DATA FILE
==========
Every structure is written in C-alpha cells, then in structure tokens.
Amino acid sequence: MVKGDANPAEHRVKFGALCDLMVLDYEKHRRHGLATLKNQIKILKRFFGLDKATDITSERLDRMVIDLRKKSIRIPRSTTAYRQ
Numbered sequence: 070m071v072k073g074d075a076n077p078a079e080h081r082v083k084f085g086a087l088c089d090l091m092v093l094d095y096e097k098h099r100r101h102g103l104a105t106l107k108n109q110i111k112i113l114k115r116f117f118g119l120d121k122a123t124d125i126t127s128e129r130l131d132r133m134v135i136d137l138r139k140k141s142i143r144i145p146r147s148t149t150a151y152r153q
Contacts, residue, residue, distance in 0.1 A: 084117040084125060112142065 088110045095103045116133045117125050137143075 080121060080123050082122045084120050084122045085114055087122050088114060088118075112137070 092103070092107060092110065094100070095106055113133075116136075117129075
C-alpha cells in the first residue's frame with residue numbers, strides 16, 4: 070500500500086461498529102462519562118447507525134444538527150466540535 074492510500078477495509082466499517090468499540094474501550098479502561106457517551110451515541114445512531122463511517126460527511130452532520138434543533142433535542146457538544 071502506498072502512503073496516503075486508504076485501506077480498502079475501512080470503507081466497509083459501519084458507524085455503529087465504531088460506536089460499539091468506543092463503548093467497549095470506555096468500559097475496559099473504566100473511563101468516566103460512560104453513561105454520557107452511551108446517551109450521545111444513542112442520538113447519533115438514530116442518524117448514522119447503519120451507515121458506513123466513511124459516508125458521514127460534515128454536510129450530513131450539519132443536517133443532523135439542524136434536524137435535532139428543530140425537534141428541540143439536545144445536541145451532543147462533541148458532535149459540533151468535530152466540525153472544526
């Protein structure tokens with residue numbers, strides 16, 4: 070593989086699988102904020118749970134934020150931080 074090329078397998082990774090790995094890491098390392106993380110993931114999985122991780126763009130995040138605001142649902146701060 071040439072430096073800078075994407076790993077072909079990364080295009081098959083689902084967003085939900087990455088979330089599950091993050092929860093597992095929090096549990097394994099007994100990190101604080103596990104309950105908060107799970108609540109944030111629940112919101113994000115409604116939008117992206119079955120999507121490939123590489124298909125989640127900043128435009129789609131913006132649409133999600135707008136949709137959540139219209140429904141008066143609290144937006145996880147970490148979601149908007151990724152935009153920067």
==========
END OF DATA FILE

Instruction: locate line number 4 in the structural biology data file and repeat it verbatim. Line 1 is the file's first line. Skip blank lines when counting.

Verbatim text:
Contacts, residue, residue, distance in 0.1 A: 084117040084125060112142065 088110045095103045116133045117125050137143075 080121060080123050082122045084120050084122045085114055087122050088114060088118075112137070 092103070092107060092110065094100070095106055113133075116136075117129075